Kostas Bimpikis

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We develop a model of information exchange through communication and investigate its implications for information aggregation in large societies. An underlying state determines payoffs from different actions. Agents decide which other agents to form a costly communication link with, incurring the associated cost. After receiving a private signal correlated(More)
We study the efficiency of oligopoly equilibria in a model where firms compete over capacities and prices. Our model economy corresponds to a two-stage game. First, firms choose their capacity levels. Second, after the capacity levels are observed, they set prices. Given the capacities and prices, consumers allocate their demands across the firms. We(More)
We study the optimal pricing strategies of a monopolist selling a divisible good (service) to consumers that are embedded in a social network. A key feature of our model is that consumers experience a (positive) local network effect. In particular, each consumer’s usage level depends directly on the usage of her neighbors in the social network structure.(More)
Preface This is a set of class notes that we have been developing jointly for some years. We use them for the graduate cryptography courses that we teach at our respective institutions. Each time one of us teaches the class, he takes the token and updates the notes a bit. You might think that, within a three or four years, one would have a rather complete(More)
This paper examines how the structure of a social network and the quality of information available to different agents determine the speed of social learning. To this end, we study a variant of the seminal model of DeGroot (1974), according to which agents linearly combine their personal experiences with the views of their neighbors. We show that the rate(More)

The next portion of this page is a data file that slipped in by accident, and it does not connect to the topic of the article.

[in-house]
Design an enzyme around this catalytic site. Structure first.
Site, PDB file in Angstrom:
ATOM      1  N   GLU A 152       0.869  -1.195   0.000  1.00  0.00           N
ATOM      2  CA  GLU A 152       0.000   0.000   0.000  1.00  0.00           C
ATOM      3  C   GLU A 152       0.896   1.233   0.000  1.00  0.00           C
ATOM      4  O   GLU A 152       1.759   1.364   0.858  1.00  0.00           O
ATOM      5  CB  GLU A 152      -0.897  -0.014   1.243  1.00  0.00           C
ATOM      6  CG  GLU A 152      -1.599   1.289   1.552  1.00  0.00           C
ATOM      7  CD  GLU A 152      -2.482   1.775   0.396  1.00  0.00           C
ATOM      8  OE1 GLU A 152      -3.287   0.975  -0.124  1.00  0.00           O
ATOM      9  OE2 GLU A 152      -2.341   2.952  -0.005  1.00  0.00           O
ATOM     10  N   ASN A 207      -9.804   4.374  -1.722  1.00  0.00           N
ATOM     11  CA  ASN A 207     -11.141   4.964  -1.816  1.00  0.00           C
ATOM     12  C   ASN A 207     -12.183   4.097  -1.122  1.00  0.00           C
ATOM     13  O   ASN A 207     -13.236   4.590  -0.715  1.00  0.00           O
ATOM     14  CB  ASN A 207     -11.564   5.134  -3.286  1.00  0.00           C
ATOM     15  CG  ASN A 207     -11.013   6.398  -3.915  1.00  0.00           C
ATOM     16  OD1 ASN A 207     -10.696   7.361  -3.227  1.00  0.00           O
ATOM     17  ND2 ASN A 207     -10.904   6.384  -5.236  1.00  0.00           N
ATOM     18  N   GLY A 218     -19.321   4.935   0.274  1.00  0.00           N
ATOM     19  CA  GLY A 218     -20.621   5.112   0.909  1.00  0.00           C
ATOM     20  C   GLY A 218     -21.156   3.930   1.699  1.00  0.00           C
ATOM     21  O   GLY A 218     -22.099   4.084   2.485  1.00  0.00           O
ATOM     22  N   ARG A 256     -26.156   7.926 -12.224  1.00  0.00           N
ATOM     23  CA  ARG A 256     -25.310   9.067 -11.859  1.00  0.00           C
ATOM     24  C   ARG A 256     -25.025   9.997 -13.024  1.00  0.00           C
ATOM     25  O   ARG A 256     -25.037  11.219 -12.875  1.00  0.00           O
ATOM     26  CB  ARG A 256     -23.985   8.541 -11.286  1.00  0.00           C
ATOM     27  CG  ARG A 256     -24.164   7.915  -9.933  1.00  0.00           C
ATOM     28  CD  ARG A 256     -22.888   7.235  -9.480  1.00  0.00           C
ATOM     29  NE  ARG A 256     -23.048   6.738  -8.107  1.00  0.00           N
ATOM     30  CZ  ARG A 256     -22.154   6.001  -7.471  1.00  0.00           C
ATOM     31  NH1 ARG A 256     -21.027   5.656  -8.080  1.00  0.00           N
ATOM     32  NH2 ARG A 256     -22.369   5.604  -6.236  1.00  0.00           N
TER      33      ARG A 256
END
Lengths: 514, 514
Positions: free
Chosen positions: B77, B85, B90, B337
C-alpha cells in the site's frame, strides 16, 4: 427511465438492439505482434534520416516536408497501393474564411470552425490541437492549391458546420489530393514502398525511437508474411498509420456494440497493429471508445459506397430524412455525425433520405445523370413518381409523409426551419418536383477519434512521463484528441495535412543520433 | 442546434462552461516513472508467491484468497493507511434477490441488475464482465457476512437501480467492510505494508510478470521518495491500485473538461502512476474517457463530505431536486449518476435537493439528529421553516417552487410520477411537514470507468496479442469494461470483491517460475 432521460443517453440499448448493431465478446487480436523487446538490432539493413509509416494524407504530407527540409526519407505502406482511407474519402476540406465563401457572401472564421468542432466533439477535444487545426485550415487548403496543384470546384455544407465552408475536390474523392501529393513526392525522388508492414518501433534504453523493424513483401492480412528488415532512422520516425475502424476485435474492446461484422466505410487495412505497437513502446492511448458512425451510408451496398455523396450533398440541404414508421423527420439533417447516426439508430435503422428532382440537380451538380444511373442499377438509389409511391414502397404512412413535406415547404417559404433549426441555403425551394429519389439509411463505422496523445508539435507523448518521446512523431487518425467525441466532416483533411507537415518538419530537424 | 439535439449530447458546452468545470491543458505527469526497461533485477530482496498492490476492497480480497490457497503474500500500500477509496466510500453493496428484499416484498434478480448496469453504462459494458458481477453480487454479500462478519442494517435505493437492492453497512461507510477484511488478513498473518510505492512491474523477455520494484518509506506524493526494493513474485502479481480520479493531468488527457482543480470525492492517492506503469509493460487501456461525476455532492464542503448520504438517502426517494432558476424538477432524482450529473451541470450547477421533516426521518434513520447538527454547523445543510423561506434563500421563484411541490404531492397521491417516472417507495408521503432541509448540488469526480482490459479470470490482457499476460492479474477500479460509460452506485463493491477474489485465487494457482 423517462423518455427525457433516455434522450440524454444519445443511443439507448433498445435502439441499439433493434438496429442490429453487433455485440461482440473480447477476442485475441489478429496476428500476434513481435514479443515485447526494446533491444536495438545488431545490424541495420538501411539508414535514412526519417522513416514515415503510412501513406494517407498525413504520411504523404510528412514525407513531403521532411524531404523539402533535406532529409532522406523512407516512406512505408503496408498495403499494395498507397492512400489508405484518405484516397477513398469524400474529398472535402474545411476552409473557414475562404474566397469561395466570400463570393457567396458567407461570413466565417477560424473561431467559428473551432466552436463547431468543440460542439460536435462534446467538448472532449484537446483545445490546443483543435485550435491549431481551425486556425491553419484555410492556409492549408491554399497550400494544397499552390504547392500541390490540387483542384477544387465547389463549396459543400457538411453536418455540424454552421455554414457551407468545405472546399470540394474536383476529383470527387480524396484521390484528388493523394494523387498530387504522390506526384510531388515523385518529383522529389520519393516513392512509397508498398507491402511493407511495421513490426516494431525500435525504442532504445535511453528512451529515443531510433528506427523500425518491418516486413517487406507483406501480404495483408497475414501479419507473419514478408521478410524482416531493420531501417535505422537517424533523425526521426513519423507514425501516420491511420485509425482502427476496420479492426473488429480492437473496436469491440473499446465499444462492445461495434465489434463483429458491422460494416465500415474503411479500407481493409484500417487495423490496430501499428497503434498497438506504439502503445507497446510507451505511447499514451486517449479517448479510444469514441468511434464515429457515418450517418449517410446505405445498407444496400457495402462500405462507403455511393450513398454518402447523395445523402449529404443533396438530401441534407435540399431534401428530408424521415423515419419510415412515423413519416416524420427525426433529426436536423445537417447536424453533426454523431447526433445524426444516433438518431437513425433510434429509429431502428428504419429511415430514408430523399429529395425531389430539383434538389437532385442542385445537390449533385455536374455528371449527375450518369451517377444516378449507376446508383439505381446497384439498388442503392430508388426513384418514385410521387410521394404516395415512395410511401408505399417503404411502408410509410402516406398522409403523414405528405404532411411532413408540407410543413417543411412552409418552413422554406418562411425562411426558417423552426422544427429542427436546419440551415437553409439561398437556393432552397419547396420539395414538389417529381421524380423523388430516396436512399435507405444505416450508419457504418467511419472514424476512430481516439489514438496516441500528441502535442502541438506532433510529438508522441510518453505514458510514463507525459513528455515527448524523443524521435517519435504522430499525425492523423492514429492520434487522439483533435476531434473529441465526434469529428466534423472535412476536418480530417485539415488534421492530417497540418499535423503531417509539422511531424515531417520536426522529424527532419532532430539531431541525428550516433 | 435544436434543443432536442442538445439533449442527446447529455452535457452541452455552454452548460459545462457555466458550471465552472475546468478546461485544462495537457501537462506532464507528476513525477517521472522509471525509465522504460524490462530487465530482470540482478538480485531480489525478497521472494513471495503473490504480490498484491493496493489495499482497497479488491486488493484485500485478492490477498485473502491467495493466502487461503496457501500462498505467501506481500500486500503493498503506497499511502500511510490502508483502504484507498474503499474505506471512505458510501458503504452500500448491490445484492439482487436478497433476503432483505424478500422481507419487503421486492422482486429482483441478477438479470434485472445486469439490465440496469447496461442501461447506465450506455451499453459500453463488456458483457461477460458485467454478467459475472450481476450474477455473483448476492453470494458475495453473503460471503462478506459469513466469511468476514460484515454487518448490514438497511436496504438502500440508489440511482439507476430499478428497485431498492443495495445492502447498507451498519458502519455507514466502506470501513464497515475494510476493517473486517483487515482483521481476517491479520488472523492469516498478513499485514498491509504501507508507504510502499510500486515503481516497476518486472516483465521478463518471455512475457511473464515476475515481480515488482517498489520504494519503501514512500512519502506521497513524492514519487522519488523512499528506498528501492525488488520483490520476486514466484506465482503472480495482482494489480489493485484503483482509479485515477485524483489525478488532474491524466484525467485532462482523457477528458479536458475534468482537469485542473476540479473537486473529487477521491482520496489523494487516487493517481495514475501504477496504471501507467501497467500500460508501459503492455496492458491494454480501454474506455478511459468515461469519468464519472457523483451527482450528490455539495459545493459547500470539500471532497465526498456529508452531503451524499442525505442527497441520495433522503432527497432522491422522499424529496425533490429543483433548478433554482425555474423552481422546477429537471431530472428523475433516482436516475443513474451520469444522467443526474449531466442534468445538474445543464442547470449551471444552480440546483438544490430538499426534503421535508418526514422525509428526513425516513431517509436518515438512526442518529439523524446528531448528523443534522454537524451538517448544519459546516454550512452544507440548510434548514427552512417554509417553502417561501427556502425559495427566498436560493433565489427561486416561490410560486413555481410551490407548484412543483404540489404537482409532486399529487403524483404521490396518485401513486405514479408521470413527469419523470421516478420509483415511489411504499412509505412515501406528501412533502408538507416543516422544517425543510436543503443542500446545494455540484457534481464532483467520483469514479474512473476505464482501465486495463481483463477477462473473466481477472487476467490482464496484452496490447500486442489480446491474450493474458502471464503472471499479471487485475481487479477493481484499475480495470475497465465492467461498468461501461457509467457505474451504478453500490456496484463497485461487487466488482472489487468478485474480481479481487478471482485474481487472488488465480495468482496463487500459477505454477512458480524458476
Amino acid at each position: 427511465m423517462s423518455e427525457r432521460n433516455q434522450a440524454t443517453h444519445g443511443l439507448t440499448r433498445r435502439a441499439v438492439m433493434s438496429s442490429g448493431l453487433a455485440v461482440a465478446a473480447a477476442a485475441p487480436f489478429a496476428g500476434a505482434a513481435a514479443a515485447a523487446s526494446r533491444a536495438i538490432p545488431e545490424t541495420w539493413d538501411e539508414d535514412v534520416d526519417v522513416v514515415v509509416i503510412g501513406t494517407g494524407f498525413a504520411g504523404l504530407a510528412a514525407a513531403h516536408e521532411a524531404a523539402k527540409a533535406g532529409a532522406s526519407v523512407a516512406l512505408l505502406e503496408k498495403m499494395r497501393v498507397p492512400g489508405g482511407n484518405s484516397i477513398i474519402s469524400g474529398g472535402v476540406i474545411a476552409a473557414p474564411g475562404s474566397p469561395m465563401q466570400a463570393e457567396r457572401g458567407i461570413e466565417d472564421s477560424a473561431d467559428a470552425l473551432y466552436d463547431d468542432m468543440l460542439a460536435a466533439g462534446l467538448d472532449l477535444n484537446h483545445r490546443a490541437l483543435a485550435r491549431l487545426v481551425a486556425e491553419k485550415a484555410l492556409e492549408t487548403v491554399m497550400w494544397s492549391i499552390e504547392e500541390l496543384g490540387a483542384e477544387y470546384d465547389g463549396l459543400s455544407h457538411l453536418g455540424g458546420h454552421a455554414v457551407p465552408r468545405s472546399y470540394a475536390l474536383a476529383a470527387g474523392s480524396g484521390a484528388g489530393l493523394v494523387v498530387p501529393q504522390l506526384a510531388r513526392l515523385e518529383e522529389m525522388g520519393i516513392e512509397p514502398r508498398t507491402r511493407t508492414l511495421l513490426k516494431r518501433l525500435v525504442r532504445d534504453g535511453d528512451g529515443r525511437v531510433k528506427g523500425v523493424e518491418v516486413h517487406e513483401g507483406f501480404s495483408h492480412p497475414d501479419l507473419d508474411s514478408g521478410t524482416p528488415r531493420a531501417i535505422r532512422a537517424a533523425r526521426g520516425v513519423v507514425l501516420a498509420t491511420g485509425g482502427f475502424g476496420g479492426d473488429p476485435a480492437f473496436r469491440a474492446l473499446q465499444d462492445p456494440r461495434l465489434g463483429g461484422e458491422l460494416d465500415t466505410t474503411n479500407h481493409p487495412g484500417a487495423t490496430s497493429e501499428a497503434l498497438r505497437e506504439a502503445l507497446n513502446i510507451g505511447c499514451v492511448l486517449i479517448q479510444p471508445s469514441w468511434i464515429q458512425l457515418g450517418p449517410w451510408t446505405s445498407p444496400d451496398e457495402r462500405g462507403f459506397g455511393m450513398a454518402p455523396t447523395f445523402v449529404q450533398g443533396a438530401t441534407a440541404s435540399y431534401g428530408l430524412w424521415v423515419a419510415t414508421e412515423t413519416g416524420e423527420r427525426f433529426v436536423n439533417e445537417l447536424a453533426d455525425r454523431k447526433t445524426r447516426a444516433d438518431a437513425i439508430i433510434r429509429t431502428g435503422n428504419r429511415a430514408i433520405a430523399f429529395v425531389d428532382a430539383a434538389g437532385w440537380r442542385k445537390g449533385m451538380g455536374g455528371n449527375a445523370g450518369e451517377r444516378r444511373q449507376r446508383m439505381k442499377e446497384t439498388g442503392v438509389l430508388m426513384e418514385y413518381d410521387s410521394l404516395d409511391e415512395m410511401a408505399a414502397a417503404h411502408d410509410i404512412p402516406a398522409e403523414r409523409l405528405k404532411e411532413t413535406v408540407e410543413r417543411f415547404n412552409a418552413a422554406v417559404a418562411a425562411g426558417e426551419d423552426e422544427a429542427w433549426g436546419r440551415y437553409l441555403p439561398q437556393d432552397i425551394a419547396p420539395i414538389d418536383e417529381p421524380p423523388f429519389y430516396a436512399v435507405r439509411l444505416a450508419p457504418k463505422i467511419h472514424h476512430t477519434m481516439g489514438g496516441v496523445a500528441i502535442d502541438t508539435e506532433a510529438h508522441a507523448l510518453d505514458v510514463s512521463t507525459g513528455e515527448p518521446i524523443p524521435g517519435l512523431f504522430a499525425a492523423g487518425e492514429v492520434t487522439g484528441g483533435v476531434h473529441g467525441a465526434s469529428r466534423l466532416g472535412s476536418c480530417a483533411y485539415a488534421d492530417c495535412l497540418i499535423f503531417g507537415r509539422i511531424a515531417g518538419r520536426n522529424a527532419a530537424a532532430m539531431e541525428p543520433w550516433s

This paper studies the behavioral foundations of non-Bayesian models of learning over social networks and develops a taxonomy of conditions for information aggregation in a general framework. As our main behavioral assumption, we postulate that agents follow social learning rules that satisfy “imperfect recall”, according to which they treat the current(More)
We study the optimal pricing strategies of a monopolist selling a divisible good (service) to consumers that are embedded in a social network. A key feature of our model is that consumers experience a (positive) local network effect. In particular, each consumer’s usage level depends directly on the usage of her neighbors in the social network structure.(More)
Recent advances in information technology have allowed firms to gather vast amounts of data regarding consumers’ preferences and the structure and intensity of their social interactions. This paper examines a game-theoretic model of competition between firms which can target their marketing budgets to individuals embedded in a social network. We provide a(More)
Online retail reduces the costs of obtaining information about a product’s price and availability and of flexibly timing a purchase. Consequently, consumers can strategically time their purchases, weighing the costs of monitoring and the risk of inventory depletion against prospectively lower prices. At the same time, firms can observe and exploit their(More)